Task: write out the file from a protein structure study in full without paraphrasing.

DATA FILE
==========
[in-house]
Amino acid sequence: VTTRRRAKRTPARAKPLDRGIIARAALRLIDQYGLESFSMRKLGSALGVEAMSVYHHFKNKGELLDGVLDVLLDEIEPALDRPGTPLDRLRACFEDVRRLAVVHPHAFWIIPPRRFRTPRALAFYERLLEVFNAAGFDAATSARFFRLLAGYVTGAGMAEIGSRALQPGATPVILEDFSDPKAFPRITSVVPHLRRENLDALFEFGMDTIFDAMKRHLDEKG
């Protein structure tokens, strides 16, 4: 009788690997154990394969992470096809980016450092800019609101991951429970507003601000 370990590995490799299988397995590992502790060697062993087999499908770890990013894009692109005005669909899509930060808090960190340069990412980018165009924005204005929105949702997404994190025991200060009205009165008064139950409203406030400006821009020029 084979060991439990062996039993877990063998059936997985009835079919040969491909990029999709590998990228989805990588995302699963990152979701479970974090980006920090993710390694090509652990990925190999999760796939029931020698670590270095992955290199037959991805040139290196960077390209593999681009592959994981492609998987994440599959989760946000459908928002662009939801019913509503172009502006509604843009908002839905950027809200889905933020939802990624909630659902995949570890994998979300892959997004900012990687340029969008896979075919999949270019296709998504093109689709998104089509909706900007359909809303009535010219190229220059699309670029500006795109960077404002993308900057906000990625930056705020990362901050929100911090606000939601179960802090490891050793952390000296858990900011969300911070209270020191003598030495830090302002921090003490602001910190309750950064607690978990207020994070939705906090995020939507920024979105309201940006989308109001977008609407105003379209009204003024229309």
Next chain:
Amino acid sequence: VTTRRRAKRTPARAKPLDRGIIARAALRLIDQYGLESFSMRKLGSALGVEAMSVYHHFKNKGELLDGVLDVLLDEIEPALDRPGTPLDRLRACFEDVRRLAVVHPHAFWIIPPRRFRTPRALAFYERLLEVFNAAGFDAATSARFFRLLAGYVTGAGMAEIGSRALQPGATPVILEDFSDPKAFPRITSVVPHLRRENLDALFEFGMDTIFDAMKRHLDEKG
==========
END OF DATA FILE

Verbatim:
[in-house]
Amino acid sequence: VTTRRRAKRTPARAKPLDRGIIARAALRLIDQYGLESFSMRKLGSALGVEAMSVYHHFKNKGELLDGVLDVLLDEIEPALDRPGTPLDRLRACFEDVRRLAVVHPHAFWIIPPRRFRTPRALAFYERLLEVFNAAGFDAATSARFFRLLAGYVTGAGMAEIGSRALQPGATPVILEDFSDPKAFPRITSVVPHLRRENLDALFEFGMDTIFDAMKRHLDEKG
């Protein structure tokens, strides 16, 4: 009788690997154990394969992470096809980016450092800019609101991951429970507003601000 370990590995490799299988397995590992502790060697062993087999499908770890990013894009692109005005669909899509930060808090960190340069990412980018165009924005204005929105949702997404994190025991200060009205009165008064139950409203406030400006821009020029 084979060991439990062996039993877990063998059936997985009835079919040969491909990029999709590998990228989805990588995302699963990152979701479970974090980006920090993710390694090509652990990925190999999760796939029931020698670590270095992955290199037959991805040139290196960077390209593999681009592959994981492609998987994440599959989760946000459908928002662009939801019913509503172009502006509604843009908002839905950027809200889905933020939802990624909630659902995949570890994998979300892959997004900012990687340029969008896979075919999949270019296709998504093109689709998104089509909706900007359909809303009535010219190229220059699309670029500006795109960077404002993308900057906000990625930056705020990362901050929100911090606000939601179960802090490891050793952390000296858990900011969300911070209270020191003598030495830090302002921090003490602001910190309750950064607690978990207020994070939705906090995020939507920024979105309201940006989308109001977008609407105003379209009204003024229309």
Next chain:
Amino acid sequence: VTTRRRAKRTPARAKPLDRGIIARAALRLIDQYGLESFSMRKLGSALGVEAMSVYHHFKNKGELLDGVLDVLLDEIEPALDRPGTPLDRLRACFEDVRRLAVVHPHAFWIIPPRRFRTPRALAFYERLLEVFNAAGFDAATSARFFRLLAGYVTGAGMAEIGSRALQPGATPVILEDFSDPKAFPRITSVVPHLRRENLDALFEFGMDTIFDAMKRHLDEKG